Traverse City Record-Eagle

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April 17, 2013

Speaker: Halted Afghan student exchange program offers lessons

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“It was very stressful for this family,” said Pam Woolcott, the exchange program’s local coordinator. “And afterward, I began to learn more about it and saw there was a networking system to Canada. He apologized later for not telling me he was going. And I wrote him back ... ‘I accept where you are, and I wish you all the best.’”

Vive La Casa, a nonprofit that shelters international refugees in Buffalo near the U.S.-Canadian border, helped the teen,Toomey said.

In the next school year, Fierberg’s host son — Sayed “Mahmood” Langari — planned to return to Kabul because he wanted his younger brother to follow in his footsteps. But he opted for Canada when the State Department ended the exchange program for Afghanis, Fierberg said.

Langari’s father adamantly agreed that Afghanistan held no future for his son and urged him to go to Canada. So the Fierbergs put Langari on the plane to Buffalo.

“It broke our contract, but I wanted to be true to my morals,” Fierberg said.

Toomey since created a new opportunity for Afghan students called the Youth Solidarity English Language Program with funding from from the U.S. Embassy in Kabul. Like the YES program, it is administered by the American Councils for International Education.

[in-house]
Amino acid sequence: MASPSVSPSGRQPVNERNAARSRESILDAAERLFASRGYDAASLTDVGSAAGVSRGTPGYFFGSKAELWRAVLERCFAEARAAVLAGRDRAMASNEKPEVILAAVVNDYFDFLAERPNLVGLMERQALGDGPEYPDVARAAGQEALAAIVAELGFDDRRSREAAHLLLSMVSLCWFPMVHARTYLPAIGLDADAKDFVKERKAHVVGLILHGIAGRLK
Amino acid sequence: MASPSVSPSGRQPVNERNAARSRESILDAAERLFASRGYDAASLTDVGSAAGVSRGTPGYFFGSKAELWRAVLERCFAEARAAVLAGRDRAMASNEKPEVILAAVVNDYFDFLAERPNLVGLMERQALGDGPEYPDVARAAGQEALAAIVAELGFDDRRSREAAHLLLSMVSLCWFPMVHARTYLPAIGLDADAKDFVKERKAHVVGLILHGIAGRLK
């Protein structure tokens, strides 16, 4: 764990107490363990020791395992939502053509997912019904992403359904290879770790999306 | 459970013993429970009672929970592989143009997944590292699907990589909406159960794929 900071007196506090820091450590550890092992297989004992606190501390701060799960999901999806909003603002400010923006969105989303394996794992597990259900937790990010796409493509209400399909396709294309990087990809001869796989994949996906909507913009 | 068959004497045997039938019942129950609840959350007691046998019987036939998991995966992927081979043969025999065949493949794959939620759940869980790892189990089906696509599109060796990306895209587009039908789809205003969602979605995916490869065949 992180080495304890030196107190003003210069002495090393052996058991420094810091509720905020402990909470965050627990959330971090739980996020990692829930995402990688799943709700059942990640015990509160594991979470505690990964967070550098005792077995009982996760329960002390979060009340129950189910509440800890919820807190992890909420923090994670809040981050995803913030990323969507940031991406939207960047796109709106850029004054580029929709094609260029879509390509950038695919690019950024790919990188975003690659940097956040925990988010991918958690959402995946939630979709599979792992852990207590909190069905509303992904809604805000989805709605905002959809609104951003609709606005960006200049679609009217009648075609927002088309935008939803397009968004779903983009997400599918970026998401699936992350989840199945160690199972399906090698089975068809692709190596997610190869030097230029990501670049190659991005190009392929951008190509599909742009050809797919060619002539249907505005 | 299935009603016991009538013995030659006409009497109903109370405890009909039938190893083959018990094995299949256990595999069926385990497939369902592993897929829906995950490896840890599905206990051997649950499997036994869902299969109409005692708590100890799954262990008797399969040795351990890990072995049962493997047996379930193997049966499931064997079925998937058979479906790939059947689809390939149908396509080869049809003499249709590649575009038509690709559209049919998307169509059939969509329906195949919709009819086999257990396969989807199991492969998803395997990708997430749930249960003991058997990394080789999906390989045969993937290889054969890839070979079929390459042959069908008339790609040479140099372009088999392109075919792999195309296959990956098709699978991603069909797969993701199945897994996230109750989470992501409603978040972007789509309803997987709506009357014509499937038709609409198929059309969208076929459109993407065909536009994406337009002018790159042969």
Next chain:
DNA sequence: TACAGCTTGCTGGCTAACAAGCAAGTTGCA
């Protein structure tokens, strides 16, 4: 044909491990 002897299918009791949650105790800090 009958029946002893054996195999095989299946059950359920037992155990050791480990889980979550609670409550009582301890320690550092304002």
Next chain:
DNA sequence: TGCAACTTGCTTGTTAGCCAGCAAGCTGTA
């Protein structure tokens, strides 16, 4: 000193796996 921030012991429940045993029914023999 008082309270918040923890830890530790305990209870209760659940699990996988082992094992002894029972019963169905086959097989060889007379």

Afghan teens will spend a month in India, formerly used as a stepping stone to America to develop English and leadership skills. But now the exchange will end there, Toomey said.

Despite the program’s difficulties, the Afghan teens made a very positive impression of themselves, Woolcott said.

Toomey will talk about the 300 or so Afghan students who went through the YES program since 2003. Many, including women, attended U.S. colleges. Only one returned to Afghanistan after completing a degree, but he’s a “dynamo of ideas” and involved in many different construction projects, Toomey said.

Toomey said many Afghans want to go home when it’s safe, but Fierberg doesn’t know if Langari will be one of them.

“He was very cynical and he had every right to be,” she said. “They have a very corrupt government. At best, he’ll make a good life for himself and his family. But just making a better life for yourself is a challenge.”

 

 

 

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